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Learning Curves

U.S. Department of Education Flunks School-Shootings Math

Why Betsy can’t count. How school kids lost 11 million days of class. Will CAVA cave?




Photo by Pandora Young

“Learning Curves” is a weekly roundup of news items, profiles and dish about the intersection of education and inequality. Send tips, feedback and announcements of upcoming events to, @BillRaden.


Even by the standards of a White House besotted with “alternative facts,” the U.S. Department of Education’s botched tally of school shootings for the 2015-2016 academic year was a lulu. Instead of the “nearly 240” incidents claimed last spring by the department’s Civil Rights Data Collection (CRDC), NPR reported last week the true figure was probably closer to the 29 tracked by the Everytown for Gun Safety database. Blame the confusing design and wording of the biennial survey of the nation’s 96,000 public schools, NPR concluded.

Why the carelessness? American Civil Liberties Union of Southern California attorney Amir Whitaker points to Secretary of Education Betsy DeVos’ proposed repeal of Obama-era discipline guidelines aimed at easing racially skewed suspension rates. “The administration,” Whitaker said, “is now using the flawed data on school shootings to emphasize a need for more school discipline — which has turned schools into militarized places that deprive students of color of an equal education.”

Whitaker just co-authored “11 Million Days Lost,” the first of two data snapshots from the CRDC written with Daniel Losen, director of the Center for Civil Rights Remedies at UCLA’s Civil Rights Project, which together make the case for staying the Obama course. The report says that California’s share of the 11 million instructional days lost by American kids to suspensions during 2015-16 totaled nearly 750,000 days, and were disproportionately suffered by African-American students. That may change should Governor Jerry Brown sign SB 607, authored by state Senator Nancy Skinner (D-Berkeley). The bill, which cleared the legislature last week, expands through the eighth grade the state’s current ban on “disruption and defiance” suspensions for grades K-3 (though Skinner’s bill originally barred such suspensions in all grades through high school).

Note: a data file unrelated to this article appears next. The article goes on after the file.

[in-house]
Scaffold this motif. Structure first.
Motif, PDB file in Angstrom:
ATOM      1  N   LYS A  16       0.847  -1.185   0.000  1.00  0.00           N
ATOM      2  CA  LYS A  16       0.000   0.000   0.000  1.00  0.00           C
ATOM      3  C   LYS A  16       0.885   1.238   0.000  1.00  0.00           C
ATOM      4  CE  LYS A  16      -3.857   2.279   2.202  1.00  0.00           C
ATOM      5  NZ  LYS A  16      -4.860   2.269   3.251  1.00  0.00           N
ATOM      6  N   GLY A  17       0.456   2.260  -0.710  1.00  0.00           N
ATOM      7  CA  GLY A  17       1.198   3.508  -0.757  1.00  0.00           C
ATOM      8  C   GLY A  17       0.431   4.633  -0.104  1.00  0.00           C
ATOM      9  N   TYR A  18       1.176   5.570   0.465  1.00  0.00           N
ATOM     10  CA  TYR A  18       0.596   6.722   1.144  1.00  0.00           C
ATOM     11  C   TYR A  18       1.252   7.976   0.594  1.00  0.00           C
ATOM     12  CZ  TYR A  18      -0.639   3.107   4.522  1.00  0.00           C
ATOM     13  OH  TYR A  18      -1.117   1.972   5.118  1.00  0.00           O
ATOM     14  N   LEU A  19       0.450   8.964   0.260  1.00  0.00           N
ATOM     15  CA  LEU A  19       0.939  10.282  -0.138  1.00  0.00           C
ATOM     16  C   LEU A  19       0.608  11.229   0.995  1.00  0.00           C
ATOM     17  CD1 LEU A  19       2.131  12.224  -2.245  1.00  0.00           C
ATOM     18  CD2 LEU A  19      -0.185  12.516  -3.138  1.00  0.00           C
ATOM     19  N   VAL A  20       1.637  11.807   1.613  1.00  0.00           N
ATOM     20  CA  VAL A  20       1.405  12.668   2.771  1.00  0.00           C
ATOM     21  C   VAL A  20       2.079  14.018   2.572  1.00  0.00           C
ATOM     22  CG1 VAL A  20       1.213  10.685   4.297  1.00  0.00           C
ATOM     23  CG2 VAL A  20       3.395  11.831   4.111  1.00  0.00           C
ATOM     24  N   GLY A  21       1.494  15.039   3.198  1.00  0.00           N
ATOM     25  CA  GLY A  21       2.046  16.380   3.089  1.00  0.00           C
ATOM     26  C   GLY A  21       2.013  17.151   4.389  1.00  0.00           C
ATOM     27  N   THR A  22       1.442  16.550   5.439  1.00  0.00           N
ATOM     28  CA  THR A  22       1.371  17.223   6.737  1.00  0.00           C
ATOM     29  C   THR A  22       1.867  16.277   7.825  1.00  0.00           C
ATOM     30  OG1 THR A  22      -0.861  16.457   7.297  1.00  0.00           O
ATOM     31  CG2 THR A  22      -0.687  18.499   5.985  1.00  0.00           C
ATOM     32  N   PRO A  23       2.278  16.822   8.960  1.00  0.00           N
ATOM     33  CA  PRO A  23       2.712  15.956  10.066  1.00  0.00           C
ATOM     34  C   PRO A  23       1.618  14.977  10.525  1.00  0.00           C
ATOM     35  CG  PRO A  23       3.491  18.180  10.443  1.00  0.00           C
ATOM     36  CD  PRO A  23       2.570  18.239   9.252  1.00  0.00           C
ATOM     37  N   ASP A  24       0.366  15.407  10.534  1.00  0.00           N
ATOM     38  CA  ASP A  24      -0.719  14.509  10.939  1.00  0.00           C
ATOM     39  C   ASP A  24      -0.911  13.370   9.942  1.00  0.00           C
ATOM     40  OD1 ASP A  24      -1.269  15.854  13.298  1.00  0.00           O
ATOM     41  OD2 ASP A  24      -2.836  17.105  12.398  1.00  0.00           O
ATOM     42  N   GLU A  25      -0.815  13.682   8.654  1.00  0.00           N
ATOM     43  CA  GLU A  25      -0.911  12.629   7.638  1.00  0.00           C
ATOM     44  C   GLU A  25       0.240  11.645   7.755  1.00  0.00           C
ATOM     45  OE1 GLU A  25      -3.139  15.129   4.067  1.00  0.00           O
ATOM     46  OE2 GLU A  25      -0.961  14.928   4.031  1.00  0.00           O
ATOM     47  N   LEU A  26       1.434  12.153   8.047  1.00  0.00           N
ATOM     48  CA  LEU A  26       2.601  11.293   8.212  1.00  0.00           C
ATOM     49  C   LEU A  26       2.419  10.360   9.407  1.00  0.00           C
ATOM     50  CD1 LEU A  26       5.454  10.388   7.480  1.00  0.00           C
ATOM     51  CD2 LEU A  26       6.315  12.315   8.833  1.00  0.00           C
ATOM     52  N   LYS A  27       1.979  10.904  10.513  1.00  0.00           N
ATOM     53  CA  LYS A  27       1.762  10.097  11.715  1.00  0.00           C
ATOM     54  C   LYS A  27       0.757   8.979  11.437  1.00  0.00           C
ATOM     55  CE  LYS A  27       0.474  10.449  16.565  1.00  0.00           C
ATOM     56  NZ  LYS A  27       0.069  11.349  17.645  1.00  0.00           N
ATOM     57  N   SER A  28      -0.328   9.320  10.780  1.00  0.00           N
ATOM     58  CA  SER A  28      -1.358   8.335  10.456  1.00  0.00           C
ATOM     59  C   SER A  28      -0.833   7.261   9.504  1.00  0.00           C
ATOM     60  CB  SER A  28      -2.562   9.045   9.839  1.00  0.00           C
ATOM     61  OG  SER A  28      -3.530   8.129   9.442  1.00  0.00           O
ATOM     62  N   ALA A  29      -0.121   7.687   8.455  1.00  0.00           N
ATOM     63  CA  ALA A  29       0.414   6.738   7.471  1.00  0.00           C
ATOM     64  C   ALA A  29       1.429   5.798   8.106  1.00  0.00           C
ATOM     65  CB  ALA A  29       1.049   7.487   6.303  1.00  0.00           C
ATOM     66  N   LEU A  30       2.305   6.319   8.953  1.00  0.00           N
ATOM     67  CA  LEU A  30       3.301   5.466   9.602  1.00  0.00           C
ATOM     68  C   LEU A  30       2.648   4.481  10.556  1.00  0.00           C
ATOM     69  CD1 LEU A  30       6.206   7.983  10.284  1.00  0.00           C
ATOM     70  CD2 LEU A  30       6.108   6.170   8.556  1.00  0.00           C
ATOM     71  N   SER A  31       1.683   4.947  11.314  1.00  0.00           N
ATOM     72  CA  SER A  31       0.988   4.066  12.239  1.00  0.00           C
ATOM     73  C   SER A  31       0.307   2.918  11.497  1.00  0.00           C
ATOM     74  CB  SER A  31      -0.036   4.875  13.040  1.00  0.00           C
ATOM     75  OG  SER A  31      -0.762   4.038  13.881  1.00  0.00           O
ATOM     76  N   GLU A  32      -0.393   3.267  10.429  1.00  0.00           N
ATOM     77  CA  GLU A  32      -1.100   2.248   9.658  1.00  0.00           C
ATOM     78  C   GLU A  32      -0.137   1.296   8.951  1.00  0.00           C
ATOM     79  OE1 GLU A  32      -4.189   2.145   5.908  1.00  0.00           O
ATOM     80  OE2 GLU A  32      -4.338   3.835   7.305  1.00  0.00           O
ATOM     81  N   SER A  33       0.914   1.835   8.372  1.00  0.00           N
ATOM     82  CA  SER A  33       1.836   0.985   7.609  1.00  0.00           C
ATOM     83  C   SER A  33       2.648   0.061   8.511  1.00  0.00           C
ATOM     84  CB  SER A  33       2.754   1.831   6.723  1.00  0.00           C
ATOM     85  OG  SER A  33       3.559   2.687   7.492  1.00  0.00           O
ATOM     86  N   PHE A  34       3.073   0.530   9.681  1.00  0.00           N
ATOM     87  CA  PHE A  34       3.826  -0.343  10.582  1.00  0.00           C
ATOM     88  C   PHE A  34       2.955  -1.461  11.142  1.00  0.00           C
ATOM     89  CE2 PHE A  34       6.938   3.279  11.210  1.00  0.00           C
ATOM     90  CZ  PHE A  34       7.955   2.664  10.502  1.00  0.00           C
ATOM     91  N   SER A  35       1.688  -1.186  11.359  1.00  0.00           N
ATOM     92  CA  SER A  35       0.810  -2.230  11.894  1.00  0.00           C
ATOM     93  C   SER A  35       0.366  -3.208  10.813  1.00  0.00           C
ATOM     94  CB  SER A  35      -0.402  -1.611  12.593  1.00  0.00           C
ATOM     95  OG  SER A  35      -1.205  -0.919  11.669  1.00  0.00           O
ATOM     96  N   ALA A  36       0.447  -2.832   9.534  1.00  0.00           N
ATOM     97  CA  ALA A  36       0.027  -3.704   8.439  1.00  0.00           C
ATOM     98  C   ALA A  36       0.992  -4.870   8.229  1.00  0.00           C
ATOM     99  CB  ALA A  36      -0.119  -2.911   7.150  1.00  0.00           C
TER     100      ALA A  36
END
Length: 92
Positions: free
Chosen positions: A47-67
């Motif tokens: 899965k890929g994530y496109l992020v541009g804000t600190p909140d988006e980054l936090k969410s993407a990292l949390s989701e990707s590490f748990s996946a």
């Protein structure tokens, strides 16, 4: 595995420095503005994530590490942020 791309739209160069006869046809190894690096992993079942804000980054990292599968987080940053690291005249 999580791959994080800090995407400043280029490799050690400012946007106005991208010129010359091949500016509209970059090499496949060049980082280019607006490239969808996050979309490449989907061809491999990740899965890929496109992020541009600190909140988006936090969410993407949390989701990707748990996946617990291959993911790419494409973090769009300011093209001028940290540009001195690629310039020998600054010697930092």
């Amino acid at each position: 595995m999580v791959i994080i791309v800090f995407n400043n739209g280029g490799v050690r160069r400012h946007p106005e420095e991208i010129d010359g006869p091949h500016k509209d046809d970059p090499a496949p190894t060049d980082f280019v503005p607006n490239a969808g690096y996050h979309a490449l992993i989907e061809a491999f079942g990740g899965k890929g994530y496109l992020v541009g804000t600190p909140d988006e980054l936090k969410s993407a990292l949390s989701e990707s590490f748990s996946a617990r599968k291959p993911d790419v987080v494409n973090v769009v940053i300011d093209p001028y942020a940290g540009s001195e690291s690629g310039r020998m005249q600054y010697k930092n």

But the most anticipated education bill passed in August may be the for-profit charter school ban authored by Assemblymember Kevin McCarty (D-Sacramento). Assembly Bill 406 would affect 34 for-profit charters in the state, including California Virtual Academies (CAVA), the state’s largest and scandalously low-performing for-profit cyber charter run by Virginia-based K12 Inc. Unlike a similar measure vetoed by Brown in 2015, there appears to be little reason for him not to sign McCarty’s, given that it already won the state charter lobby’s support by narrowing the bill’s definition of “for-profit management.”

Not everyone’s impressed, however. Though the ban would stem the outflow of tax dollars to shareholders, San Diego education attorney Sarah Sutherland warned Learning Curves that it will still allow corporate-governance schemes to convert ed dollars into private wealth. “It’s a small step in the right direction that is likely to have little impact,” she said.

In a powerful rebuke to Los Angeles Unified over stalled contract talks, United Teachers Los Angeles reported that members voted overwhelmingly to authorize a strike, should UTLA leaders decide one is necessary. With 81 percent of members casting ballots, the vote was 98 percent in favor. The vote came amid sparring by both sides that also included an exchange of unfair-labor-practice charges. But at least one union complaint has been sustained by the district itself. An August 6 review by the district’s Independent Analysis Unit of “Hard Choices,” a controversial report released this summer by then-private-citizen Austin Beutner’s Advisory Task Force, agreed with the union that “many” of the report’s assertions “appear to be based on questionable data, assumptions, or methods.”

The most contentious assumption of “Hard Choices” was that comparing L.A. Unified teacher wages with other districts could offer a window on fair pay. Not so, according to the Economic Policy Institute. In research released Wednesday, EPI authors Sylvia Allegretto and Lawrence Mishel found that pay for teachers everywhere has been deteriorating, particularly relative to other professions. That widening gap — which they called the “teacher pay penalty” — grew to a record 23.8 percent last year, meaning U.S. teachers earned 76.2 cents to their non-teaching college classmates’ dollar. Though California’s 14.2 percent pay penalty is better than some, the widest gaps were claimed by Arizona, North Carolina, Oklahoma and Colorado — states that virtually encompass the entire red state teacher rebellion.

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